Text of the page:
I was revisiting the choice of portfolio optimization algorithm for the GTAA portion of my portfolio and thought it was an excellent opportunity for another post. The portfolio usually contains 5 assets (though at times it may choose fewer than 5) picked from a universe of 17 ETFs and mutual funds, which are picked by relative and absolute momentum. The specifics are irrelevant to this post as we’ll be looking exclusively at portfolio optimization techniques applied after the asset selection choices have been made.
Tactical asset allocation portfolios present different challenges from optimizing portfolios of stocks, or permanently diversified portfolios, because the mix of asset classes is extremely important and can vary significantly through time. Especially when using methods that weigh directly on volatility, bonds tend to have very large weights. During the last couple of decades this has been working great due to steadily dropping yields, but it may turn out to be dangerous going forward. I aim to test a wide array of approaches, from the crude equal weights, to the trendy risk parity, and the very fresh minimum correlation algorithm. Standard mean-variance optimization is out of the question because of its many and well-known problems, but mainly because forecasting returns is an exercise in futility.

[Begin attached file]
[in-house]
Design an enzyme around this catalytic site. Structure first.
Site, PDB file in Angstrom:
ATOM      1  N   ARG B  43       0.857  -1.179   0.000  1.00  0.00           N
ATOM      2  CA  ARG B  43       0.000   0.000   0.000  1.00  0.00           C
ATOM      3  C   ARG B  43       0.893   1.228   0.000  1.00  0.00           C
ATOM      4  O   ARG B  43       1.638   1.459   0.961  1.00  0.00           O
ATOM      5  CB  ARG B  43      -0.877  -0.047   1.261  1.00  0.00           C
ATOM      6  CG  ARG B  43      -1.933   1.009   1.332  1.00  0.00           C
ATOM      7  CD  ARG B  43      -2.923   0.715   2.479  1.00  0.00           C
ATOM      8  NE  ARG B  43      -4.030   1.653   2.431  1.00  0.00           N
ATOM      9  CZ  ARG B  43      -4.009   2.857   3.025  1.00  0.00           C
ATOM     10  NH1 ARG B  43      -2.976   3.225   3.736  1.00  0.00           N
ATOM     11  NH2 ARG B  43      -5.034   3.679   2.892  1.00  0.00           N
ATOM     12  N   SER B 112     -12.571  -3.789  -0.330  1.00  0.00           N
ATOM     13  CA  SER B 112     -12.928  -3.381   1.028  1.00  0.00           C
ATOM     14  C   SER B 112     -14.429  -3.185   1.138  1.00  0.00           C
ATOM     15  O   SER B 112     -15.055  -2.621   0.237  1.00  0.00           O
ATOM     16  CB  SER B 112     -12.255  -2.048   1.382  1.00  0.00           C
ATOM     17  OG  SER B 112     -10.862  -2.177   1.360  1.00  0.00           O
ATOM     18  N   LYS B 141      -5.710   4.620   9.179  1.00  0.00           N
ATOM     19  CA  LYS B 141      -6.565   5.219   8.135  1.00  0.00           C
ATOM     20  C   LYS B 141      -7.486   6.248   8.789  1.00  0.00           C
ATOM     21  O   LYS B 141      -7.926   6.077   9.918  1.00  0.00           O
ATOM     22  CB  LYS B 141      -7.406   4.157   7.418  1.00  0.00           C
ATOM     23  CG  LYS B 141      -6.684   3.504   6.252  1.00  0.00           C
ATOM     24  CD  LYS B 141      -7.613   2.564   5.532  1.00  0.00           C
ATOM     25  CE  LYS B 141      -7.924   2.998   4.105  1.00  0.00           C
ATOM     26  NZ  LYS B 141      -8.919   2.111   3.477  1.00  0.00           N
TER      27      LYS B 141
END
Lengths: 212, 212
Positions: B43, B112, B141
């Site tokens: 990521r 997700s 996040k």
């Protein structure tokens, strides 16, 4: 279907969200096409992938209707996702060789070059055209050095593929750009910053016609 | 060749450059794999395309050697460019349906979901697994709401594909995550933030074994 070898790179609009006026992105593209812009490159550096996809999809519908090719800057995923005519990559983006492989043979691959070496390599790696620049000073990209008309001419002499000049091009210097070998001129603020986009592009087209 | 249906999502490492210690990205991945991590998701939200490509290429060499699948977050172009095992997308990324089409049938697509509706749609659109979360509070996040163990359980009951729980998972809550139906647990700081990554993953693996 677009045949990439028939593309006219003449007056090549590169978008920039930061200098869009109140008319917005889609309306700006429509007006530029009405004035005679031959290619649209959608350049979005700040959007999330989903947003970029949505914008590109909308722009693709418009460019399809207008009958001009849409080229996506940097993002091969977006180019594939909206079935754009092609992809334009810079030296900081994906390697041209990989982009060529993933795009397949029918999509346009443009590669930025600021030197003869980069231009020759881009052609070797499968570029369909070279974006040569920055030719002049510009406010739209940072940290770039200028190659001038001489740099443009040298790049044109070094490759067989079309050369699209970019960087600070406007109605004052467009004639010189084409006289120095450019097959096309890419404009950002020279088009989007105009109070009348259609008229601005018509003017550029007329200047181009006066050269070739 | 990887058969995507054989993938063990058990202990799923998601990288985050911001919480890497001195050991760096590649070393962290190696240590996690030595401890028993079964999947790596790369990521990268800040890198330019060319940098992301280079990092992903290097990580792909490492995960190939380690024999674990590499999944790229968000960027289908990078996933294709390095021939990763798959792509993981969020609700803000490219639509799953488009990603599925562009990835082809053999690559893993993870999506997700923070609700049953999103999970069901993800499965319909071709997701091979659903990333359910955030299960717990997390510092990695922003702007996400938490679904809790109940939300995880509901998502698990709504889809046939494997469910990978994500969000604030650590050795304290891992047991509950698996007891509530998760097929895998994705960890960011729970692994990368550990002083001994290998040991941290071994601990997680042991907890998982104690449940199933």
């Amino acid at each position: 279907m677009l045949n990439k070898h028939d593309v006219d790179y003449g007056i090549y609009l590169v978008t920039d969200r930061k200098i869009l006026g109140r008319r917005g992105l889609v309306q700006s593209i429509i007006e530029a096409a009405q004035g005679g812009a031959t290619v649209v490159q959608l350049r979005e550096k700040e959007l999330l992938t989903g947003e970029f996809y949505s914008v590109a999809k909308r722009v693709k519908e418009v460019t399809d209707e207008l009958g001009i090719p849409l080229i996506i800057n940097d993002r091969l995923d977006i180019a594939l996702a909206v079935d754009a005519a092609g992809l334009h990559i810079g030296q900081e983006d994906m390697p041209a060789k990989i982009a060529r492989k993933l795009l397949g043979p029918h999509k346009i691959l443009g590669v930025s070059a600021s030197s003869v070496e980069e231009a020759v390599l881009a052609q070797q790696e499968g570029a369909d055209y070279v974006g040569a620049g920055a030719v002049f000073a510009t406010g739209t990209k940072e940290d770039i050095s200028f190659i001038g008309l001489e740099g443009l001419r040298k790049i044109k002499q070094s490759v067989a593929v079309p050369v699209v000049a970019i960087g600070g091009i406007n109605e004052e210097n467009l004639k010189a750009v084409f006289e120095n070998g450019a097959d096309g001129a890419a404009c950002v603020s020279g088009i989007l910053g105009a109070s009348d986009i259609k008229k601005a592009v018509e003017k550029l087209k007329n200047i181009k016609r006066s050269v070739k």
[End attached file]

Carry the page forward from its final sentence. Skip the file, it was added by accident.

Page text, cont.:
The only restriction on the weights is no shorting; there are no minimum or maximum values.
Risk parity (often confused with equal risk contribution) is essentially weighting proportional to the inverse of volatility (as measured by the 120-day standard deviation of returns, in this case). I will be using an unlevered version of the approach. I must admit I am still somewhat skeptical of the value of the risk parity approach for the bond-related reasons mentioned above.